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Nurses Unite: Ending Incivility and Bullying

Few would disagree that society has seen growing levels of incivility and bullying in recent years. Unfortunately, this incivility has spread to many workplaces, including hospital operating rooms.

In fact, the health care industry experiences some of the highest levels of bullying across all industry sectors. Up to half of all nurses say they have been bullied in some manner in the workplace, according to the American Nurses Association (ANA). 

Fifty percent of nurses say they have been bullied by a peer while 42% have been bullied by someone at a higher level of authority, according to ANA. Meanwhile, nearly one in four nurses (25 %) say they have been physically assaulted at work and one in 10 (10 %)  say they are concerned about their physical safety at work. 

A Dangerous Problem

“Incivility in health care has been investigated by researchers and we know it is a problem among nurses in a variety of settings, including the perioperative environment,” says Erin Kyle, DNP, RN, CNOR, NEA-BC, editor in chief, Guidelines for Perioperative Practice for the Association of peri-Operative Registered Nurses (AORN).

“Incivility and bullying in the operating room is a common but dangerous problem,” adds Ruth P. Shumaker, BSN, RN, CNOR, executive director, perioperative services, Regional One Health. She cites an AORN Journal article which notes that 88% of nurses have witnessed physician incivility and 48% of physicians have witnessed nurse incivility.

While serving on the 2021 Task Force for Civility in the Workforce, Shumaker and her colleagues conducted a comprehensive review of the literature. 

“Unfortunately, this revealed that incivility is widespread in nursing,” she says. “While mistreatment in nursing was mentioned in the literature as early as 1980, it really started to surface in the early 2000s and has steadily increased since then.”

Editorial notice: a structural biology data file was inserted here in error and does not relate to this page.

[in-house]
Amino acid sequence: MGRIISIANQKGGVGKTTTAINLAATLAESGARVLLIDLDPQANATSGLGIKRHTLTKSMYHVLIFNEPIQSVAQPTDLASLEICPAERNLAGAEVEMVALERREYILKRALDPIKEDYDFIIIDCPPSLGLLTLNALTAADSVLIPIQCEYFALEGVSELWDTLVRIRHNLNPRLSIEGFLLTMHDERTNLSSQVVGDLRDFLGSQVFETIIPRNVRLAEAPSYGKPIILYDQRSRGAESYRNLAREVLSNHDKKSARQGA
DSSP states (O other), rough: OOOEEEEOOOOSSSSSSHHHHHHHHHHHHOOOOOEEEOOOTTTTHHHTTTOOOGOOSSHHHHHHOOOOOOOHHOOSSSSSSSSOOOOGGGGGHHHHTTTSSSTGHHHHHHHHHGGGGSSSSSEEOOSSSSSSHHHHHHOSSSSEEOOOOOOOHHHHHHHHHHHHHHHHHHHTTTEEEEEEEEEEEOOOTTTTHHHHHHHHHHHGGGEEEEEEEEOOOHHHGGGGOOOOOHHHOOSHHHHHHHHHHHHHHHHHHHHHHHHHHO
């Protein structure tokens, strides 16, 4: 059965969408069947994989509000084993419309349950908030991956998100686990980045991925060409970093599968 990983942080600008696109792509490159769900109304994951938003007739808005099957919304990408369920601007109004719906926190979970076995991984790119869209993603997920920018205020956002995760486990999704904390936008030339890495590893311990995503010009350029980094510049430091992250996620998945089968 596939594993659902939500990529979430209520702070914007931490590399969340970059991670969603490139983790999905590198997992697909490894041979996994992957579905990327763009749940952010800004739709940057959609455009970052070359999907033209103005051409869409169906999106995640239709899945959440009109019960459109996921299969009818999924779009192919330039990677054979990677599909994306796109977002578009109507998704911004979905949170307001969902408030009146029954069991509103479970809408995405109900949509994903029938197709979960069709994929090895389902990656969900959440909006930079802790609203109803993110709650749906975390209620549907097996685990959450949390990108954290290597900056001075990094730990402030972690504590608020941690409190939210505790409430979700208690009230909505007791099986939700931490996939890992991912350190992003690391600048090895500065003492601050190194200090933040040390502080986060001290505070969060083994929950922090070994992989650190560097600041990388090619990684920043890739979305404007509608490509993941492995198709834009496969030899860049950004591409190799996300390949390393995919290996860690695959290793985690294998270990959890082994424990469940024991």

Deborah L. Spratt, MPA, BSN, RN, CNOR, CHL, independent perioperative consultant, says that bullying behavior can be physical, emotional, sexual, social, verbal or racial. 

“When I first started in the OR almost 50 years ago, I would have attributed the behavior to the perceived difference in status of the various team members,” Spratt says.

“Back in those days, surgeons were held in much higher esteem than other perioperative team members and bad behavior was allowed because they were the money makers,” says Spratt. “To some extent this attitude continues, but there is also now a nurse-to-nurse component, as well as nurses to other team members.”

Based on her literature review, Maria Sullivan, MSN, MMHC, RN, CNOR, says that more than seven out of 10 nurses have experienced incivility. 

“The problem of incivility began mainly with perioperative team members, but it has now extended to patients also being uncivil,” Sullivan says.

Defining Incivility and Bullying

The ANA defines incivility as “one or more rude, discourteous or disrespectful actions that may or may not have a negative intent behind them.” And it defines bullying as “repeated, unwanted harmful actions intended to humiliate, offend and cause distress in the recipient.”

Incivility is often a precursor to bullying. It can take many different forms,
some of them subtle:
Gossiping and rumor spreading

  • Eye-rolling and name-calling
  • Using a condescending tone
  • Public criticism
  • Refusing to help a coworker
  • Withholding information and sabotage
  • Social exclusion 
  • Hostile, snide and rude remarks
  • Passive-aggressive behavior
  • Scapegoating and backstabbing
  • Failure to respect privacy
  • Bullying takes incivility to the next level with actions such as:
  • Hostile remarks
  • Verbal attacks and threats
  • Taunts and intimidation
  • Withholding of support
  • Harmful actions intended to intimidate